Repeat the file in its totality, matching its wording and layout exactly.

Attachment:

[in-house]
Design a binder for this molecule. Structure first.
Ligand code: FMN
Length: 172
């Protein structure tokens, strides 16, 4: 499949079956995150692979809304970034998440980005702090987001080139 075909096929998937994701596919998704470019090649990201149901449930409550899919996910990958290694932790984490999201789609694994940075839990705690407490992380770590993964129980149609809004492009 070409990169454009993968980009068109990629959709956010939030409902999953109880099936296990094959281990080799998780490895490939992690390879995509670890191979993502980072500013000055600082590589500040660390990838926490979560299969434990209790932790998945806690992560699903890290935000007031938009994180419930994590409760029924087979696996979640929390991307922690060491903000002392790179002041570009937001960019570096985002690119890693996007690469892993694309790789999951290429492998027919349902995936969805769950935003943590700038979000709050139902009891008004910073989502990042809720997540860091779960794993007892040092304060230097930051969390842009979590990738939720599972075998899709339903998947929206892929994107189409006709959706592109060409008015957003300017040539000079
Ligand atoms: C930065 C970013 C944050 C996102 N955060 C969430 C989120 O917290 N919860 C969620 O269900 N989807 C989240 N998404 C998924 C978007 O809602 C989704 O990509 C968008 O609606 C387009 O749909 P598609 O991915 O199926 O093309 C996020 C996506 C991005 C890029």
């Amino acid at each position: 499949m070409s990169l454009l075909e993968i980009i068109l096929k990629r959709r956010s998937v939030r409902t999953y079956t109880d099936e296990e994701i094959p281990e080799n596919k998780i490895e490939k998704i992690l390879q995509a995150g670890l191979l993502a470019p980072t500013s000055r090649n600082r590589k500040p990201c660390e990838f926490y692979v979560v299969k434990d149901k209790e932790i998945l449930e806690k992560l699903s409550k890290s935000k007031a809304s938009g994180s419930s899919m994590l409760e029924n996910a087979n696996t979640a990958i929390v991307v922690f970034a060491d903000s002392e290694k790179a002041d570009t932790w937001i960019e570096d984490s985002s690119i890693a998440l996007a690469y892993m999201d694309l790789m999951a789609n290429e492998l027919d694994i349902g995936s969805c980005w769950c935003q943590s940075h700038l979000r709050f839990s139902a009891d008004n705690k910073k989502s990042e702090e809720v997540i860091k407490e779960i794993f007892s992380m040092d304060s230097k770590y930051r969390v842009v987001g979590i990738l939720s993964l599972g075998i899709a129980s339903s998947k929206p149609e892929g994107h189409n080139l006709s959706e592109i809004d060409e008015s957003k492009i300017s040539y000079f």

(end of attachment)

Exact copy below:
[in-house]
Design a binder for this molecule. Structure first.
Ligand code: FMN
Length: 172
């Protein structure tokens, strides 16, 4: 499949079956995150692979809304970034998440980005702090987001080139 075909096929998937994701596919998704470019090649990201149901449930409550899919996910990958290694932790984490999201789609694994940075839990705690407490992380770590993964129980149609809004492009 070409990169454009993968980009068109990629959709956010939030409902999953109880099936296990094959281990080799998780490895490939992690390879995509670890191979993502980072500013000055600082590589500040660390990838926490979560299969434990209790932790998945806690992560699903890290935000007031938009994180419930994590409760029924087979696996979640929390991307922690060491903000002392790179002041570009937001960019570096985002690119890693996007690469892993694309790789999951290429492998027919349902995936969805769950935003943590700038979000709050139902009891008004910073989502990042809720997540860091779960794993007892040092304060230097930051969390842009979590990738939720599972075998899709339903998947929206892929994107189409006709959706592109060409008015957003300017040539000079
Ligand atoms: C930065 C970013 C944050 C996102 N955060 C969430 C989120 O917290 N919860 C969620 O269900 N989807 C989240 N998404 C998924 C978007 O809602 C989704 O990509 C968008 O609606 C387009 O749909 P598609 O991915 O199926 O093309 C996020 C996506 C991005 C890029």
């Amino acid at each position: 499949m070409s990169l454009l075909e993968i980009i068109l096929k990629r959709r956010s998937v939030r409902t999953y079956t109880d099936e296990e994701i094959p281990e080799n596919k998780i490895e490939k998704i992690l390879q995509a995150g670890l191979l993502a470019p980072t500013s000055r090649n600082r590589k500040p990201c660390e990838f926490y692979v979560v299969k434990d149901k209790e932790i998945l449930e806690k992560l699903s409550k890290s935000k007031a809304s938009g994180s419930s899919m994590l409760e029924n996910a087979n696996t979640a990958i929390v991307v922690f970034a060491d903000s002392e290694k790179a002041d570009t932790w937001i960019e570096d984490s985002s690119i890693a998440l996007a690469y892993m999201d694309l790789m999951a789609n290429e492998l027919d694994i349902g995936s969805c980005w769950c935003q943590s940075h700038l979000r709050f839990s139902a009891d008004n705690k910073k989502s990042e702090e809720v997540i860091k407490e779960i794993f007892s992380m040092d304060s230097k770590y930051r969390v842009v987001g979590i990738l939720s993964l599972g075998i899709a129980s339903s998947k929206p149609e892929g994107h189409n080139l006709s959706e592109i809004d060409e008015s957003k492009i300017s040539y000079f």